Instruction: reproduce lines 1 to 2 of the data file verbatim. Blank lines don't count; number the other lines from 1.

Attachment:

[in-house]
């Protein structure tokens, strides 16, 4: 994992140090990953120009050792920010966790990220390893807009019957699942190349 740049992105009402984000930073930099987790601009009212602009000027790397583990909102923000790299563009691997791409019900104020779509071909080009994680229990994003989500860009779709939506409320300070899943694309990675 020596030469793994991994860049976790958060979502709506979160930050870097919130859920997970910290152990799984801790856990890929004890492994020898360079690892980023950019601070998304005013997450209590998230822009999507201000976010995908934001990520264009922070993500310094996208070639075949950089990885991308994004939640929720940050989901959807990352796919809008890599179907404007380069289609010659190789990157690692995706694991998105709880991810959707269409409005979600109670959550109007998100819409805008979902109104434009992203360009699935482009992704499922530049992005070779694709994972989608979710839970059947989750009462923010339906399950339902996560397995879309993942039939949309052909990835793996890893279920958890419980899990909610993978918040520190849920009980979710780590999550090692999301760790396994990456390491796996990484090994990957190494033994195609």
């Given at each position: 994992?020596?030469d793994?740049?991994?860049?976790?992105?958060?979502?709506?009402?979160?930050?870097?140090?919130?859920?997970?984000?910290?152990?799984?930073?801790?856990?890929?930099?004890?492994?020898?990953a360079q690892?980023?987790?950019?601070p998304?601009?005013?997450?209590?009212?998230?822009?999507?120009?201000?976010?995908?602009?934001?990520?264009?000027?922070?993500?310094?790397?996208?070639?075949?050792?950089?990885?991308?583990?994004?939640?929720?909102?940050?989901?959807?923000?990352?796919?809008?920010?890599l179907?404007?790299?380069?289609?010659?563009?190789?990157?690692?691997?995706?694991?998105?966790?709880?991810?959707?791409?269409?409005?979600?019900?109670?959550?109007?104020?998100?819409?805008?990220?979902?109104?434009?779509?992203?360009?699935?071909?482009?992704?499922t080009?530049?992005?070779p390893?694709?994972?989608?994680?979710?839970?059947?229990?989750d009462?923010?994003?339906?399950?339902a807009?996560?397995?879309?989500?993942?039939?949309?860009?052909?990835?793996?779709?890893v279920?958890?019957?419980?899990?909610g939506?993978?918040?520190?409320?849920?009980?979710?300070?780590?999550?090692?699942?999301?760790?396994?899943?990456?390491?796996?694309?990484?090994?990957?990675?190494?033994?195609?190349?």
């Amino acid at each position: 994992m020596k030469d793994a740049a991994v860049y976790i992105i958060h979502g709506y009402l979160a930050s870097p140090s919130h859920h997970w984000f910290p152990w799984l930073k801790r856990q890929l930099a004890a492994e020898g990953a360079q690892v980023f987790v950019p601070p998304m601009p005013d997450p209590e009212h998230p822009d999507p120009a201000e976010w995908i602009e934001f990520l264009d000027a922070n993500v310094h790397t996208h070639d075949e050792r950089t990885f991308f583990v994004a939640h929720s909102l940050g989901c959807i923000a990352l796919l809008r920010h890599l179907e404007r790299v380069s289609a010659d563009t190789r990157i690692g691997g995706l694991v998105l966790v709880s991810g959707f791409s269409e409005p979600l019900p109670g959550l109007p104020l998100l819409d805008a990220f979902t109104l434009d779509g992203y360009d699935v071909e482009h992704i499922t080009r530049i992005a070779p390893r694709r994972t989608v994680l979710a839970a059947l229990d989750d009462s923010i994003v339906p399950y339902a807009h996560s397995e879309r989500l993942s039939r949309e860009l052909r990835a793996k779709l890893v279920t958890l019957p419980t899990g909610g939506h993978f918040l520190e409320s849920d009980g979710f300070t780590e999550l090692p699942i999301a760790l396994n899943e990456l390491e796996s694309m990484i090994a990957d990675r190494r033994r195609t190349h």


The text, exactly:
[in-house]
């Protein structure tokens, strides 16, 4: 994992140090990953120009050792920010966790990220390893807009019957699942190349 740049992105009402984000930073930099987790601009009212602009000027790397583990909102923000790299563009691997791409019900104020779509071909080009994680229990994003989500860009779709939506409320300070899943694309990675 020596030469793994991994860049976790958060979502709506979160930050870097919130859920997970910290152990799984801790856990890929004890492994020898360079690892980023950019601070998304005013997450209590998230822009999507201000976010995908934001990520264009922070993500310094996208070639075949950089990885991308994004939640929720940050989901959807990352796919809008890599179907404007380069289609010659190789990157690692995706694991998105709880991810959707269409409005979600109670959550109007998100819409805008979902109104434009992203360009699935482009992704499922530049992005070779694709994972989608979710839970059947989750009462923010339906399950339902996560397995879309993942039939949309052909990835793996890893279920958890419980899990909610993978918040520190849920009980979710780590999550090692999301760790396994990456390491796996990484090994990957190494033994195609």